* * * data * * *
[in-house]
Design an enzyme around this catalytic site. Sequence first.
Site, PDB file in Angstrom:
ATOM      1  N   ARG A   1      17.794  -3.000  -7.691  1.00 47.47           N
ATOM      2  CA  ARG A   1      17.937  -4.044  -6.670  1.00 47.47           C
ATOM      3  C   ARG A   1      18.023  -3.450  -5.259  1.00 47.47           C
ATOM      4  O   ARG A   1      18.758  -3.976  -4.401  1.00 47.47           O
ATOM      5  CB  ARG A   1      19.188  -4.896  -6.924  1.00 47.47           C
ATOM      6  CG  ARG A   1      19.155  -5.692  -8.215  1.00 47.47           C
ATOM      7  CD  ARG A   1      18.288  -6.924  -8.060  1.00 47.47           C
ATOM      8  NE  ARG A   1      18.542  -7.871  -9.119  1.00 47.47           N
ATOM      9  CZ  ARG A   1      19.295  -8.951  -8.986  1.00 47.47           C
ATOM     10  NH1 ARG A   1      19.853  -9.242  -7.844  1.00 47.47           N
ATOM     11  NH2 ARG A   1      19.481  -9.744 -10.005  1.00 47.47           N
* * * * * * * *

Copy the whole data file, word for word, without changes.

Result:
[in-house]
Design an enzyme around this catalytic site. Sequence first.
Site, PDB file in Angstrom:
ATOM      1  N   ARG A   1      17.794  -3.000  -7.691  1.00 47.47           N
ATOM      2  CA  ARG A   1      17.937  -4.044  -6.670  1.00 47.47           C
ATOM      3  C   ARG A   1      18.023  -3.450  -5.259  1.00 47.47           C
ATOM      4  O   ARG A   1      18.758  -3.976  -4.401  1.00 47.47           O
ATOM      5  CB  ARG A   1      19.188  -4.896  -6.924  1.00 47.47           C
ATOM      6  CG  ARG A   1      19.155  -5.692  -8.215  1.00 47.47           C
ATOM      7  CD  ARG A   1      18.288  -6.924  -8.060  1.00 47.47           C
ATOM      8  NE  ARG A   1      18.542  -7.871  -9.119  1.00 47.47           N
ATOM      9  CZ  ARG A   1      19.295  -8.951  -8.986  1.00 47.47           C
ATOM     10  NH1 ARG A   1      19.853  -9.242  -7.844  1.00 47.47           N
ATOM     11  NH2 ARG A   1      19.481  -9.744 -10.005  1.00 47.47           N